If you liked this post, find more news here.

Back to Basics #9: Local Listings for Small Businesses with no Physical Address

google-places-for-small-business

google-places-for-small-business In Back to Basics #6, we covered the importance of small businesses being listed across local directories such as Yellow Pages, eLocal, Brownbook, Manta, White Spark, and others. This process is easiest to do for those businesses that have a brick-and-mortar store: A boutique, hair salon, supply store, or car repair shop, for example. But what if you’re a contractor working from your home or you provide virtual shopping services? You don’t want to list your home address because you live there and want to keep that information private—so will you still be able to list your business effectively so that your customers can find you?

Listing your business without an address: Not as difficult as you think.

The great news is that it’s perfectly acceptable to Google to list your small business without an address. Now, this isn’t to say everyone should do this—first, think of your industry. If you have a store, you will want to make sure that your customers can find you; in this case, it's a pretty straight-forward decision--leave your address visible. If you are a mobile notary or car washing service and you have a small office but you also serve your clients away from the office, you may choose to indicate that as well. If you work from your own home, it’s understandable why you would want to keep that information private. So as you can see, it all depends on what you deem to be the best for your particular set of services.

Once you’ve made your decision to keep your small business’s address hidden from Google, the next step is filling out your listing. In the next part of this post, we’ll discuss filling out your Google Places information.

Filling out your Google Places Page information

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As you can see, when you set up your Google Places page, you have the option to check a little box that says you deliver services to an address. This would be the choice that you would want to make if you wanted to hide your address. If you also serve people from an office, you can select the “I also serve customers at my business address” box to show that you do both.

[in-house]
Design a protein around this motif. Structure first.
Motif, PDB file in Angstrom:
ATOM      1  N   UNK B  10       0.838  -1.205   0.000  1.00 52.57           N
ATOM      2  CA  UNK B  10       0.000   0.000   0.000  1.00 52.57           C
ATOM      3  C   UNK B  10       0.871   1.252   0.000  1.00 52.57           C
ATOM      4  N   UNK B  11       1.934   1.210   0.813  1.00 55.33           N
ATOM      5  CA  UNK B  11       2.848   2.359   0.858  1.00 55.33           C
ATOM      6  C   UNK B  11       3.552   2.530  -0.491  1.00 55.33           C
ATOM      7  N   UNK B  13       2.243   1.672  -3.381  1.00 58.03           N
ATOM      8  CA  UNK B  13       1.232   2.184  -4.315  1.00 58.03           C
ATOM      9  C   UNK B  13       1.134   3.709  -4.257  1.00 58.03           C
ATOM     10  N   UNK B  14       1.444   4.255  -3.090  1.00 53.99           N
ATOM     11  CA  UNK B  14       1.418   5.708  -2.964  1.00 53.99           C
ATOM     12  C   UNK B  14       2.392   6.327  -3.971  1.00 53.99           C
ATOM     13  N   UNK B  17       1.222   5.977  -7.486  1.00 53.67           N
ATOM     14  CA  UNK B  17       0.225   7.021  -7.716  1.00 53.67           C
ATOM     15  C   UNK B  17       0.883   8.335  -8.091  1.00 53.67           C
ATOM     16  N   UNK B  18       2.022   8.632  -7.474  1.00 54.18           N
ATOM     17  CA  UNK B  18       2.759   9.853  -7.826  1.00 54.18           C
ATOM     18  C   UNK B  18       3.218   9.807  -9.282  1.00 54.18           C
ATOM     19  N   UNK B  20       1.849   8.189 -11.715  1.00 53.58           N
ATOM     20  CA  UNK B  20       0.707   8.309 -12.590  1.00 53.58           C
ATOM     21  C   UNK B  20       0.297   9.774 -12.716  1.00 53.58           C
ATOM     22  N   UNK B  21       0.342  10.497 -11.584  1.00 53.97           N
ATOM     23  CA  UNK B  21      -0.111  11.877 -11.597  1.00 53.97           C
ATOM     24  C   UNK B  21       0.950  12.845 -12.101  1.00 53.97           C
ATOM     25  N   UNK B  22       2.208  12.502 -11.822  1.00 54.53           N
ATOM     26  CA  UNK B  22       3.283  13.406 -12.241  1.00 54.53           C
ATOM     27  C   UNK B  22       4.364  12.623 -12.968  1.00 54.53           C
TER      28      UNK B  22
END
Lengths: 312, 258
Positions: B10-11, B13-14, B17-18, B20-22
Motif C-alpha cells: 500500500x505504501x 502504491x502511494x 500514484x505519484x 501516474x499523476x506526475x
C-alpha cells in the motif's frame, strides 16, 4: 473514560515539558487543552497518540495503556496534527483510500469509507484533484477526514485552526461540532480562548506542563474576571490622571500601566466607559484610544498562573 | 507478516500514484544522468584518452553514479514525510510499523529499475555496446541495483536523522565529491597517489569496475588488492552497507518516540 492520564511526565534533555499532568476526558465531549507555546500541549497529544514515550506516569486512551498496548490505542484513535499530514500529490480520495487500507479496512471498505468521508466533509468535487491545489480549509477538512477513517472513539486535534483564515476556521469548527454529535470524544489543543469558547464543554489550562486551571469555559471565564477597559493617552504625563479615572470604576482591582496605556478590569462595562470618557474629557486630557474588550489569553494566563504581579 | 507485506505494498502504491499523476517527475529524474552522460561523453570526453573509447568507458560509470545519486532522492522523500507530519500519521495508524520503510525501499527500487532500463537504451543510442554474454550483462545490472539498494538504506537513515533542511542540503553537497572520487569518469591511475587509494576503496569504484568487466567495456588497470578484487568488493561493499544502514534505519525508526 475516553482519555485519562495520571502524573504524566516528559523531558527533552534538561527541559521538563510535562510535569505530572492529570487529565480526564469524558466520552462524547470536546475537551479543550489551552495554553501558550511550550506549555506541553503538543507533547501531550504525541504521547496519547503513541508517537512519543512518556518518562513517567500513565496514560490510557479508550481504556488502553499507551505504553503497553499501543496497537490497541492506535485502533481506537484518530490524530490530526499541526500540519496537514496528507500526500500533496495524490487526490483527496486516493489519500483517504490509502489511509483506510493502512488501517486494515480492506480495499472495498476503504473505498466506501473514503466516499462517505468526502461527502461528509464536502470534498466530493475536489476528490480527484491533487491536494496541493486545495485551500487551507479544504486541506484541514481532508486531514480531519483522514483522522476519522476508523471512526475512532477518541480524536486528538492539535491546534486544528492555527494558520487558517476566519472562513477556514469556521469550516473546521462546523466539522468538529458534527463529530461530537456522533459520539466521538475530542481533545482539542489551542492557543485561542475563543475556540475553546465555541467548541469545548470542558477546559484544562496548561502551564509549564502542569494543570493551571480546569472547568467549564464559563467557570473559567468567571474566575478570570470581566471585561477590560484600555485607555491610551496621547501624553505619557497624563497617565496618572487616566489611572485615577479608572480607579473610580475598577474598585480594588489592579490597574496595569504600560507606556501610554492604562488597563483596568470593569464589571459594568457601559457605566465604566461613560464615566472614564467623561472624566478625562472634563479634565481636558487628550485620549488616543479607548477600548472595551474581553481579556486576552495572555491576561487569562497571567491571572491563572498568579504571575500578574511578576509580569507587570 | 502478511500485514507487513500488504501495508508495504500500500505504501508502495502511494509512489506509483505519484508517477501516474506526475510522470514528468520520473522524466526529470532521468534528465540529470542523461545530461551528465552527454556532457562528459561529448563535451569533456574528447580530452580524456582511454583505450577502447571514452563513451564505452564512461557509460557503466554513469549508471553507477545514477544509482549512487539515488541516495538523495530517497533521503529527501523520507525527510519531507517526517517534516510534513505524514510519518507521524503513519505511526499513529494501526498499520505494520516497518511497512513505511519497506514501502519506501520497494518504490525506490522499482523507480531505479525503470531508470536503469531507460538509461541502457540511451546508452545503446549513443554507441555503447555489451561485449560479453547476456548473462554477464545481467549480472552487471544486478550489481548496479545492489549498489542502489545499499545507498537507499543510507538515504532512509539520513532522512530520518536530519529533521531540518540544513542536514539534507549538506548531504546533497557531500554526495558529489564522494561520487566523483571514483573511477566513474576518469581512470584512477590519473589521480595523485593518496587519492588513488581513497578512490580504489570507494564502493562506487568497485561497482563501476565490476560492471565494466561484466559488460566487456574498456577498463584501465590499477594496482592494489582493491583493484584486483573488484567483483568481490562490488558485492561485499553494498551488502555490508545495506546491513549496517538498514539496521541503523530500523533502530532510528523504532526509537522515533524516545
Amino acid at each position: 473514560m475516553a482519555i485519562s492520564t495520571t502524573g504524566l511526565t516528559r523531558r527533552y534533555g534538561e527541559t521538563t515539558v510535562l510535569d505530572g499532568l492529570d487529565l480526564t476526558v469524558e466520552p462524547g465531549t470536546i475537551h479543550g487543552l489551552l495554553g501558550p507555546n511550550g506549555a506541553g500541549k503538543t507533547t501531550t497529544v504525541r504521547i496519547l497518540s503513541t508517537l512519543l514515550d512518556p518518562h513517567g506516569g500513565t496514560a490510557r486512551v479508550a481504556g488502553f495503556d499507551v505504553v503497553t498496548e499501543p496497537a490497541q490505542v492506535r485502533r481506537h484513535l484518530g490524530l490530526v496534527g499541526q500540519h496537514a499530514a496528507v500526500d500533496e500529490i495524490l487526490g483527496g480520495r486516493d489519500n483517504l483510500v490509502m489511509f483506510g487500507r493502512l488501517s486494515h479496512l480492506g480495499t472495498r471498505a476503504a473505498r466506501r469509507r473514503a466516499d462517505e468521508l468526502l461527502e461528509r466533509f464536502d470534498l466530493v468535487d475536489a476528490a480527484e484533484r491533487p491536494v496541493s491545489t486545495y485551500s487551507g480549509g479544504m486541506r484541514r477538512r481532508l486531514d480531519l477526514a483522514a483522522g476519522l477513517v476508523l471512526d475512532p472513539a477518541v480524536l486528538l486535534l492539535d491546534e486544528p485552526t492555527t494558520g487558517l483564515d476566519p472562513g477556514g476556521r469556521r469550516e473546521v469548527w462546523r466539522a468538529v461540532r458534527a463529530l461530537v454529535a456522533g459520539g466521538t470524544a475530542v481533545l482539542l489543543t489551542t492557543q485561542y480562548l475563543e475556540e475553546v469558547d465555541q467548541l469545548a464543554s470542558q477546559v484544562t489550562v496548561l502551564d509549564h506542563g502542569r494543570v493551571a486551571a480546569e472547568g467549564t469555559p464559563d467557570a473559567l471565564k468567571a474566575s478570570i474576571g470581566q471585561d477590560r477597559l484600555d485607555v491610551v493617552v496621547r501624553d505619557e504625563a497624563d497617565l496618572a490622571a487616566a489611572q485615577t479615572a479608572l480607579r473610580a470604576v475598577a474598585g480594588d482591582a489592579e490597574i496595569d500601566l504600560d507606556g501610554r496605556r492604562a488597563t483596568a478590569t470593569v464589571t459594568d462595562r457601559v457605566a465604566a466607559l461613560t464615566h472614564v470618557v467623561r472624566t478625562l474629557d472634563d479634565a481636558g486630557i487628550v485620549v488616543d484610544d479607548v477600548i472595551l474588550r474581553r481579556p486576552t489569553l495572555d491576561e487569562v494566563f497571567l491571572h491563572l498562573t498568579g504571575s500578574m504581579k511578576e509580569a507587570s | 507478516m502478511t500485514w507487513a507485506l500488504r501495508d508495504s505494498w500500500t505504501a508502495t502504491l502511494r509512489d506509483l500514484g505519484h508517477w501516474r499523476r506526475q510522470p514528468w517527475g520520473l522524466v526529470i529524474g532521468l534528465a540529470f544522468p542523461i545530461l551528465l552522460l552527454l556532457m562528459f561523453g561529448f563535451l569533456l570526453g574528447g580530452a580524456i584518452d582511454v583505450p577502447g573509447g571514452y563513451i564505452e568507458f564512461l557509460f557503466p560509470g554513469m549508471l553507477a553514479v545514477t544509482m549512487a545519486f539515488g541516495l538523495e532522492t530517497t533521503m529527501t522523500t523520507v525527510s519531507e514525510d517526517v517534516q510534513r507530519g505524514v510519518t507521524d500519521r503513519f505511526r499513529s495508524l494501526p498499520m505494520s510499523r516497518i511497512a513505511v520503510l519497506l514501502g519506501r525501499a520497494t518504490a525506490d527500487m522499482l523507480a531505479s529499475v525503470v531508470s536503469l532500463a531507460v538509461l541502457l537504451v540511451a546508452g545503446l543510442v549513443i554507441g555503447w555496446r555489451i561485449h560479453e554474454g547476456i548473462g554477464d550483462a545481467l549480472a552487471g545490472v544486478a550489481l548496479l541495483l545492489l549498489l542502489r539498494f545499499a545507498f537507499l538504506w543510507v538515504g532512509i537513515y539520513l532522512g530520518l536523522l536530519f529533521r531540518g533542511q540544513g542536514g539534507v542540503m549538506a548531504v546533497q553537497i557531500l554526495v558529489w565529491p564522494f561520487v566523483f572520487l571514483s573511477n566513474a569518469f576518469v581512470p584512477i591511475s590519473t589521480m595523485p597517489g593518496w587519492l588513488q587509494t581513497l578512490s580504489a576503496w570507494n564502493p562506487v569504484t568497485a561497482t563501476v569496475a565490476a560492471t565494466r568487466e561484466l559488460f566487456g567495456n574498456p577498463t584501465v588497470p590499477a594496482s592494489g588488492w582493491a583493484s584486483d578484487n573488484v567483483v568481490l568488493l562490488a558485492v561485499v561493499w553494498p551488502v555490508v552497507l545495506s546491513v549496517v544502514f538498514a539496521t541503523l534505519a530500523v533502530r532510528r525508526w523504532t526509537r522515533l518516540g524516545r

You can find all of this information on your Google Places page when you edit your address. It can easily be changed whenever you choose—so if you make a mistake or want to come back later and change things, it’s simple to do.

Hiding your address on other local directories

As we discussed, Google isn’t the only place you’re going to want to list your business. Other places such as SuperPages, HotFrog, Localeze, and eLocal will also have options to hide your address. When you claim your business listing, you can opt to leave off your address to ensure you keep your private information private. You may have to do some more searching on these sites—it’s not always apparent right away where these options are.

Now, in the past, there has been some debate as to whether Google will penalize any business that hides their business. Some articles claim businesses that provide services such as plumbing MUST hide addresses or risk disappearing from search results; others claim that every home-based business must keep their address visible or risk disappearing from search results. But these are now old articles, and this system has been in place long enough that it doesn’t seem to be much of an issue anymore.

The important point to remember here is that some business owners need to hide their information for safety or privacy reasons. This should not interfere with your rankings, and it is certainly not intended to be a way to punish small business owners who want to keep their information private. It’s there to protect you—so if you want to keep that information hidden, do not be concerned about it affecting rankings.

Getting assistance with local listings for small businesses

Whether you do or don’t want to hide your business’s address, Internet Local Listings can help you ensure you’re making the most of your listings. We ensure all data is optimized for your industry and listed correctly across all the most popular directories. If you have concerns about privacy, we’d be happy to work with you. After all, everyone should be able to rank on the first page if they work hard enough for it—whether or not they have a physical address to list. Give us a call at (888) 770-3950 or fill out our contact form today to get more information on our services. Let us know what we can do for you!

Why Small Business Marketing is Essential in 2014 and Beyond

small-business-marketing-in-2014

small-business-marketing-in-2014 Getting the word out about your business has always been your top priority. As a small business owner, you already understand how important marketing is—whether it's word of mouth, fliers, direct marketing, or running local advertising campaigns, you know that you have to get the word out or your numbers suffer. But what many small business owners don't take into consideration is a marketing plan. And without some type of marketing strategy, you'll likely become frustrated, not knowing whether your efforts are paying off.